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The Sveshnikov Variation was pioneered by Evgeny Sveshnikov and Gennadi Timoshchenko in the 1970s. Before their efforts, the variation was called the Lasker–Pelikan Variation. Emanuel Lasker played it once in his world championship match against Carl Schlechter, and Jorge Pelikan played it a few times in the 1950s, but Sveshnikov's treatment of the variation was the key to its revitalization. The move 5...e5 seems anti-positional as it leaves black with a backwards d-pawn and a weakness on d5. Also, black would have to accept the doubled f-pawns in the main line of the opening. The opening was popularised when Sveshnikov saw its dynamic potential for Black in the 1970s and 80s. Today, it is extremely popular among grandmasters and amateurs alike. Though some lines still give Black trouble, it has been established as a first-rate defence.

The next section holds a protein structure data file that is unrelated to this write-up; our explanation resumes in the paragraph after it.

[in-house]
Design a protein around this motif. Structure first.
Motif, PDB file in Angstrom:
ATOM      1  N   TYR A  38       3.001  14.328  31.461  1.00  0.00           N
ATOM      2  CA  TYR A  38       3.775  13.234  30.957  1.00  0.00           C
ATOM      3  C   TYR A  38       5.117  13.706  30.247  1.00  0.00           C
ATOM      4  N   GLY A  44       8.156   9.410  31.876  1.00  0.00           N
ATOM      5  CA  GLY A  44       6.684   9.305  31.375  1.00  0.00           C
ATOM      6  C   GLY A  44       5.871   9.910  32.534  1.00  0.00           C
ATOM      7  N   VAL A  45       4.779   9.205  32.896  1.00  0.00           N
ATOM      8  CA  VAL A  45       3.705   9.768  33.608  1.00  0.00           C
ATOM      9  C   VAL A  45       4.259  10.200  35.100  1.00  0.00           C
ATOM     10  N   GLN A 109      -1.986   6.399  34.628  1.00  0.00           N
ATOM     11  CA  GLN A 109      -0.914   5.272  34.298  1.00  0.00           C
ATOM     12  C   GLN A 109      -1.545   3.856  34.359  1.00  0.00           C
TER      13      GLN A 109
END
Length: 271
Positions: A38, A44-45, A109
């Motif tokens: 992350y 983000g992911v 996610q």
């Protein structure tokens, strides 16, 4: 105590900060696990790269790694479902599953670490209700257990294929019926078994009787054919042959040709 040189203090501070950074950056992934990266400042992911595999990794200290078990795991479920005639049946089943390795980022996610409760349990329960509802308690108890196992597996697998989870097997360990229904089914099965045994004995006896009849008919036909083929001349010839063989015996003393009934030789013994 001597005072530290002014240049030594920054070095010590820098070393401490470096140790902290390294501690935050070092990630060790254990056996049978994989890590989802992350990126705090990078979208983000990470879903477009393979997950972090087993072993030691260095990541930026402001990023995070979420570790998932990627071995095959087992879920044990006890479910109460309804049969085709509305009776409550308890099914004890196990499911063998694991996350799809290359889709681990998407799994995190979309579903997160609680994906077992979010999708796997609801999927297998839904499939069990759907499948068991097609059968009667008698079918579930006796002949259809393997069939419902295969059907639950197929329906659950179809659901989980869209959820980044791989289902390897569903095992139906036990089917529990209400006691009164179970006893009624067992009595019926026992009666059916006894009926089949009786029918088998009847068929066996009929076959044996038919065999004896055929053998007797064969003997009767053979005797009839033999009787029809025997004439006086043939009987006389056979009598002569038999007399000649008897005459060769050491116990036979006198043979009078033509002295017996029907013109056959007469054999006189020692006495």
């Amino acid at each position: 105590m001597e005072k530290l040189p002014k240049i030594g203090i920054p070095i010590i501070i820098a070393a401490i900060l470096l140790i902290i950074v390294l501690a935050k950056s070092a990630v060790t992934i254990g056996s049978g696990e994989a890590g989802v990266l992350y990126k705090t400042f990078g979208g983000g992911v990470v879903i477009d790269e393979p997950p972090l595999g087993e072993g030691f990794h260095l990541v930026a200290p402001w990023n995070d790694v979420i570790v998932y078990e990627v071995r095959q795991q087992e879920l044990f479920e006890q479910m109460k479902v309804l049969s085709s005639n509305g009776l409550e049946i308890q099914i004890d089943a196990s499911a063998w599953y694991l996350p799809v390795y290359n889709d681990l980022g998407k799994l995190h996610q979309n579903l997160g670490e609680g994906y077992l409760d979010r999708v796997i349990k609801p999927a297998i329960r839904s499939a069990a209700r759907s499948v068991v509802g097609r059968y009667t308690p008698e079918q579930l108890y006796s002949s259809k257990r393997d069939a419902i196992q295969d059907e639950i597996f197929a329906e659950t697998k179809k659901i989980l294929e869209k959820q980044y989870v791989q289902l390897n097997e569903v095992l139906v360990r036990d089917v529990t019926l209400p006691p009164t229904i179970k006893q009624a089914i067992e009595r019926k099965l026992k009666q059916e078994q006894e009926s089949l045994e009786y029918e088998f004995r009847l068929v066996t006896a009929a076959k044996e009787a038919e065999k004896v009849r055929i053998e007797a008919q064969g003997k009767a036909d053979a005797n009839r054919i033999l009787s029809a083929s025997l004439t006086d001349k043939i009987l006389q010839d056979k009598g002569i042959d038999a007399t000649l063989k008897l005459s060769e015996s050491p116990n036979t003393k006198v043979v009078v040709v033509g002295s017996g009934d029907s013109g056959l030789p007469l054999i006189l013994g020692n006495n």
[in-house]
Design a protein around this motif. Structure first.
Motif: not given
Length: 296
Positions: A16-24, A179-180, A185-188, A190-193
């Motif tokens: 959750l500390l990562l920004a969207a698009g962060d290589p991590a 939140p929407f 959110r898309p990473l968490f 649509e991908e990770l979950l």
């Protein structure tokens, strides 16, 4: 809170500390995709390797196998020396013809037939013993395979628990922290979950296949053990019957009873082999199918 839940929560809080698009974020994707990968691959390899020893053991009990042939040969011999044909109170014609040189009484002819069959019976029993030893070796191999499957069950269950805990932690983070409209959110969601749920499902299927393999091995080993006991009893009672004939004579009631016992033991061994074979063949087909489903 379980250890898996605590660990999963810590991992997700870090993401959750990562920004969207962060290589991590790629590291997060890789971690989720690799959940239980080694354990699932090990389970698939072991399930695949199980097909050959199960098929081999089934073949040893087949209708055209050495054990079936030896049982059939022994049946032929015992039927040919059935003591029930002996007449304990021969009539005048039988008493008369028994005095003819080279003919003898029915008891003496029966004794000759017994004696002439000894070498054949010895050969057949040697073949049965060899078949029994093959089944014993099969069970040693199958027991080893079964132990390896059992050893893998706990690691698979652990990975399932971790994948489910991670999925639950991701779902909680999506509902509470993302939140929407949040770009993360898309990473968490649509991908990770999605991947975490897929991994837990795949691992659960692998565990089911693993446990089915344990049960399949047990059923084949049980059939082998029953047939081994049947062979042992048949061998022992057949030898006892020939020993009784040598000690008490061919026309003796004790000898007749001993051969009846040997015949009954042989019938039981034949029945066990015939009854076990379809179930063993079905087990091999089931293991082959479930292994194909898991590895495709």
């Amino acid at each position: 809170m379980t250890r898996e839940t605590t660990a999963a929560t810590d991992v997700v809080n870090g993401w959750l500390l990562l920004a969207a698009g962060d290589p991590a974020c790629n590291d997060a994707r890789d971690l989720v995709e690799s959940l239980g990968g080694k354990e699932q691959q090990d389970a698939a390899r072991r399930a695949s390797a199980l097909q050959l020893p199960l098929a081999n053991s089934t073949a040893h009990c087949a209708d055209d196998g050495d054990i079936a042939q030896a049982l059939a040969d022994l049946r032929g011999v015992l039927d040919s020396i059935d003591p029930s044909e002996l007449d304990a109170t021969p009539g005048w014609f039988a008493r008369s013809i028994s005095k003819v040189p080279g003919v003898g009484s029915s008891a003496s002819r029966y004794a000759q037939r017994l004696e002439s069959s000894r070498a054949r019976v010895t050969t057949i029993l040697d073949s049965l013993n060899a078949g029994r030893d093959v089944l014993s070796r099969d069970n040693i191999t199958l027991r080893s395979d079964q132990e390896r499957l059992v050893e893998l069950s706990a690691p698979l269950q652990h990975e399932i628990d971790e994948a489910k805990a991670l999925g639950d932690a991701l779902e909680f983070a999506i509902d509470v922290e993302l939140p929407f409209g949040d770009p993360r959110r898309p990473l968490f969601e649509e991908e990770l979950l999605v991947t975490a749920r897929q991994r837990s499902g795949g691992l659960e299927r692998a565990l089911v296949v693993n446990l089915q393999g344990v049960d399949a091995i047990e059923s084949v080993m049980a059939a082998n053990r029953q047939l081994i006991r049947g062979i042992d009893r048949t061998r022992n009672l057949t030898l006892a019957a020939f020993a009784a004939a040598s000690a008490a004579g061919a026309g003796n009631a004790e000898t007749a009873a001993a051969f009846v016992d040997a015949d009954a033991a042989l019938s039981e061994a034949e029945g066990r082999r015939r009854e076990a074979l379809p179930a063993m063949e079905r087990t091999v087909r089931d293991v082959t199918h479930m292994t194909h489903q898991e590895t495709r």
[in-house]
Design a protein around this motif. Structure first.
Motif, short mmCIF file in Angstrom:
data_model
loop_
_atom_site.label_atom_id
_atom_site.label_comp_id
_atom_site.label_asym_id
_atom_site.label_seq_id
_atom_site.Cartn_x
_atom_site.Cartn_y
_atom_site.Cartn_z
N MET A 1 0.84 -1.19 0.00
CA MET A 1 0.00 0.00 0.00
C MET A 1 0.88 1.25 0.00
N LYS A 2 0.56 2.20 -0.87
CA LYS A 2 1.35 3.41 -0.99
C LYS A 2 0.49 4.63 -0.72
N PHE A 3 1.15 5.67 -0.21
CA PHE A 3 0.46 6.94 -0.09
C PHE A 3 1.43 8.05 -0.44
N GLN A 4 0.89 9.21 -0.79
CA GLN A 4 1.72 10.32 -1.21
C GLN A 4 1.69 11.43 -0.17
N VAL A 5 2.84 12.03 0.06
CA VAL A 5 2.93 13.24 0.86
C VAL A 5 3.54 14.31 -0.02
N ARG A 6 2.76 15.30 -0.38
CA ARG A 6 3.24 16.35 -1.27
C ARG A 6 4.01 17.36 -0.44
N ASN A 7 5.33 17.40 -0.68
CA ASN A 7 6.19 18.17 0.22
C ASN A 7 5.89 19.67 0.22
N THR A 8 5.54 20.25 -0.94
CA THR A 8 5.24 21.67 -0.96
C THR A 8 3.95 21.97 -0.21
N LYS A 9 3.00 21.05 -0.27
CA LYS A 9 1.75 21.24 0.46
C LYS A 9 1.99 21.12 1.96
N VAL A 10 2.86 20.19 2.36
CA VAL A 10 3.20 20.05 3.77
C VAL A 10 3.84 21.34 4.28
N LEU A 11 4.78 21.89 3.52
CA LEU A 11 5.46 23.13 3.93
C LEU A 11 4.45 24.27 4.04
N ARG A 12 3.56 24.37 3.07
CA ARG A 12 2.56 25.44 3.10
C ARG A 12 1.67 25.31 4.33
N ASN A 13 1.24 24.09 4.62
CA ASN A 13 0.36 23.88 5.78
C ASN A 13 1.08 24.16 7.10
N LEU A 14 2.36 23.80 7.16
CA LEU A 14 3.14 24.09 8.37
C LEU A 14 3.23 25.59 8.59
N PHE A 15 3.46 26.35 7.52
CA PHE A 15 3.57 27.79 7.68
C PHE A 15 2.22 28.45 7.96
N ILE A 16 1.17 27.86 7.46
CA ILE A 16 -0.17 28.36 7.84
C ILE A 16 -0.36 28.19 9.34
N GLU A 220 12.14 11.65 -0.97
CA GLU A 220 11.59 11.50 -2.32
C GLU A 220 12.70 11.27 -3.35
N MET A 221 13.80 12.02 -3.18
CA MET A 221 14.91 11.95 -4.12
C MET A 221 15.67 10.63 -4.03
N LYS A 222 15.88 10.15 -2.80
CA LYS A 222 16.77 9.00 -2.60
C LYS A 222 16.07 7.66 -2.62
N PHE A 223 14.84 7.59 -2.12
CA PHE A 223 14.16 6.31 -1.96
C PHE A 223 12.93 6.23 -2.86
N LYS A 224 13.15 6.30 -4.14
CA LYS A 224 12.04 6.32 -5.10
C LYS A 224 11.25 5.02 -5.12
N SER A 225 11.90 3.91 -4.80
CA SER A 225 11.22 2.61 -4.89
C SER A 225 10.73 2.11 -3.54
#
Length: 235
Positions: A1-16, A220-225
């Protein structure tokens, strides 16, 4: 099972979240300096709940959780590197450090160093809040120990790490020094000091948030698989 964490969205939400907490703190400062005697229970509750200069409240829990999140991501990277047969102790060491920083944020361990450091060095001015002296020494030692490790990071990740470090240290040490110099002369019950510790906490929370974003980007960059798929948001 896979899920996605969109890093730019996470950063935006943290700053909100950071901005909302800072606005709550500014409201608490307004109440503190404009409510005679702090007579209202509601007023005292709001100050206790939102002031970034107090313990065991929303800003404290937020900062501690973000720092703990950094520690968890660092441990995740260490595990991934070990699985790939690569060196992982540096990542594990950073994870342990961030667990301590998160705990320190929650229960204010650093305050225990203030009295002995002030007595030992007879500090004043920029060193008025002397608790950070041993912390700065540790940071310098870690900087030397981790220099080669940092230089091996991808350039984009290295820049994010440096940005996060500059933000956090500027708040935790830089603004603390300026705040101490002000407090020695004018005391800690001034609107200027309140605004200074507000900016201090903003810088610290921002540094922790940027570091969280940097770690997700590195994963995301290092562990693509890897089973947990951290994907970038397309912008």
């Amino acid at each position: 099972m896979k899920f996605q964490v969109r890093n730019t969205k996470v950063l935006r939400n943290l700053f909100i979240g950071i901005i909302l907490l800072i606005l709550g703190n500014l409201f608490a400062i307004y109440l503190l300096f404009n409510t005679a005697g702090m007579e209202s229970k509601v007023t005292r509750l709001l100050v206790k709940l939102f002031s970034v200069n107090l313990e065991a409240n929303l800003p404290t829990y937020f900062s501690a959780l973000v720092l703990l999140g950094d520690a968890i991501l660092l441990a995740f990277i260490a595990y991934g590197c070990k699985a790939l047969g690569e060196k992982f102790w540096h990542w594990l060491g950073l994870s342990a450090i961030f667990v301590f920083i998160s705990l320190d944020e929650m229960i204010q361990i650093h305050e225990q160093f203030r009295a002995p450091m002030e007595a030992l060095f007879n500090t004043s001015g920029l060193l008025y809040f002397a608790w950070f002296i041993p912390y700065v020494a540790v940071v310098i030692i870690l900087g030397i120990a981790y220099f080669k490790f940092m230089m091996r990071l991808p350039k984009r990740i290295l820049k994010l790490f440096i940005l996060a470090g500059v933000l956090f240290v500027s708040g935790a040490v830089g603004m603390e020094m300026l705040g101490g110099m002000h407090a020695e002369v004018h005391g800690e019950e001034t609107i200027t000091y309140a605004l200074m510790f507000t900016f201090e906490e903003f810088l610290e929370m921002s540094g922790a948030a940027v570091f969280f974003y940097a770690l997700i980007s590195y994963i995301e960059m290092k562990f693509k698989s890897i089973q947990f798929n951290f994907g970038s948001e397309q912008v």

The Sveshnikov Variation has become very popular in master level chess. Black's ...e5 push seems anti-positional: it has made the d6-pawn backward and the d5-square weak. However, in return, Black gets a foothold in the centre and gains time on White's knight, which has been driven to the edge of the board on a3. Top players who have used this variation include Vladimir Kramnik, Veselin Topalov, Teimour Radjabov, Boris Gelfand, Michael Adams and Alexander Khalifman, among many others.